Desktop Virtualization

Desktop Virtualization covers VDI (centrally hosted desktops), Desktops as a Service (DaaS), desktop virtualization via client side hypervisors, and shared server technologies. Major areas of focus include when and where centralized desktop offerings are appropriate and not appropriate, (Read More)

how management of remote desktops combined with management of mobile devices leads to a better managed and more productive end user computing environment, how to deliver the performance that end users require, and the impacts of using remote desktop technologies upon organizational security. Covered products and vendors include the VMware Horizon Suite, Horizon View, Horizon Mirage, VMware ThinApp, Citrix XenServer, Citrix XenApp, Citrix XenClient, and Microsoft Remote Data Services.

Greenbytes Addresses VDI IO Without Changing Your Storage

StorageNetworkingParticipate in any virtual desktop design session and you will know that the discussion almost always moves immediately to how many IOPS per virtual desktop session should be expected. More often than not, the leader of these conversations will answer “it depends”. This is a statement that does not give most end users a warm a fuzzy feeling because it usually comes with a pretty heavy storage price tag. Unfortunately, there are many factors that affect overall performance. Within the virtual desktop session, the number and type of applications you have running, the layers of security configuration and policy that are applied, and how you are handling user personalization have an impact on IOPS. Many of these challenges can be addressed by applying good standard virtual desktop practices, which are often different from the way physical desktops are traditionally architected. Continue reading Greenbytes Addresses VDI IO Without Changing Your Storage

Nimdesk: A DIY View on VDI-in-a-Box?

diy2-162x105Nimdesk have thrown their hat into the ring of turnkey virtual desktop delivery solutions. Following the trodden route of taking the complexity out of centrally hosted services, Nimdesk have architectured a scale-out converged solution for desktop virtualization and desktop-as-a-Service (DaaS) deployments.  With a combination of solutions that includes both a software appliance (, or one of two “converged devices” (Nimdesk true.vdi/true.vdi.stor) Nimdesk aim to help the SME/SMB space: either by appealing directly for on premise services, or by enabling service providers and re-sellers a preconfigured service device to scale services quickly and easily.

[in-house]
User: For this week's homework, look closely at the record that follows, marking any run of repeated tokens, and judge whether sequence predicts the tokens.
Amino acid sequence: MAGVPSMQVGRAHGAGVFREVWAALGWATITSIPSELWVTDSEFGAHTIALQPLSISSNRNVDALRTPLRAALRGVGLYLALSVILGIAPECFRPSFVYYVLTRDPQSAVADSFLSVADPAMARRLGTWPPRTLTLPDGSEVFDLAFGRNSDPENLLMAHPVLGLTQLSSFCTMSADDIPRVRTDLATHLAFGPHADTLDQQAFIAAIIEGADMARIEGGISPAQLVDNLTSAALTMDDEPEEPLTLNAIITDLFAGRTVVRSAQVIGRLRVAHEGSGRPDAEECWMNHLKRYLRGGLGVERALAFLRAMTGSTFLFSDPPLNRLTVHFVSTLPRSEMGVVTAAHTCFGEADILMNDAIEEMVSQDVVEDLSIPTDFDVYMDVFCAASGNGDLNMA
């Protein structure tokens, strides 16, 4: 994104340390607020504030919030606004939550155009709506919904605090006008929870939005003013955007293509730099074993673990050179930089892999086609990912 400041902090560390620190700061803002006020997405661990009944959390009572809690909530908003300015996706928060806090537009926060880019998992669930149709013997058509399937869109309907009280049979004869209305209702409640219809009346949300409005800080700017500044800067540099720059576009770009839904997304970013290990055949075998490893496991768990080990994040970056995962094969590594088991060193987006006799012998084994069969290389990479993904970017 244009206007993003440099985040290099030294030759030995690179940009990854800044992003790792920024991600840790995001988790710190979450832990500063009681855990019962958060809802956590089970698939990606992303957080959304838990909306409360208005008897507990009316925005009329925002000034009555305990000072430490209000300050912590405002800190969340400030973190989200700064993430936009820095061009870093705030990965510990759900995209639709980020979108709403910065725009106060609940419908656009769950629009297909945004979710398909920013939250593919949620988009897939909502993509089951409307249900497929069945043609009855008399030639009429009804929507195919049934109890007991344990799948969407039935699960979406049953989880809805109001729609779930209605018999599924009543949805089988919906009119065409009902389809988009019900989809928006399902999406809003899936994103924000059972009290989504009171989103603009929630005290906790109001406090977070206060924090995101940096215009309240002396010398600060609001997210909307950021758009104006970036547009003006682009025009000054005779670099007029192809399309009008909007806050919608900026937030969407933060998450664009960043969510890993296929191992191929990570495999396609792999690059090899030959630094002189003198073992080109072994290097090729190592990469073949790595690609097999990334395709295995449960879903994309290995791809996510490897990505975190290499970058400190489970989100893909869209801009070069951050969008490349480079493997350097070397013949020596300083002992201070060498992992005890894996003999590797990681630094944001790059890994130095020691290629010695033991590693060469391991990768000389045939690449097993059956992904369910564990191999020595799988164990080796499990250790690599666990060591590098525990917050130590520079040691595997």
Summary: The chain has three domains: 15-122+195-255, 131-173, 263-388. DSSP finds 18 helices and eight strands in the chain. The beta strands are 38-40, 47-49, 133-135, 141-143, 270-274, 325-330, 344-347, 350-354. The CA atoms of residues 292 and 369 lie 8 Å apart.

Nimdesk claim they have the  simplest and most affordable desktop virtualization for business of any size today. At a headline $99 cost per user for a perpetual license, what do you get and how is it different from existing solutions in this space?

Continue reading Nimdesk: A DIY View on VDI-in-a-Box?

News: latest Login VSI 3.7 gets Windows 8, Windows 2012 and Oracle VDI support

Login VSI B.V. have announced the availability of Login VSI 3.7, the latest version of the performance and scalability testing tool for Virtual Desktop Infrastructures and Server Based Computing environments.

This latest release means that Login VSI 3.7 has out-of-the-box support for simulating user workloads to test the performance of VDI and SBC environments based on Windows 8, Windows Server 2012 and Microsoft Office 2013. In addition, Login VSI also introduces support for Oracle Virtual Desktop Infrastructure.

Continue reading News: latest Login VSI 3.7 gets Windows 8, Windows 2012 and Oracle VDI support

End User Computing: Using just a Tablet

DesktopVirtualizationRecently I have been trying to lighten my conference going load. To do that, I have been thinking about ways to do without my laptop and all the accessories for it, which got me thinking about what it takes to completely use such a device; to fully embrace the next generation of end-user computing using gesture computing and smaller devices. Other than the technical hurdles, there are also training hurdles as full tablet computing, today, has some serious limitations with respect to security, functionality, and in some ways capability.  So how does one embrace tablet computing as their next-gen end user computing?

Continue reading End User Computing: Using just a Tablet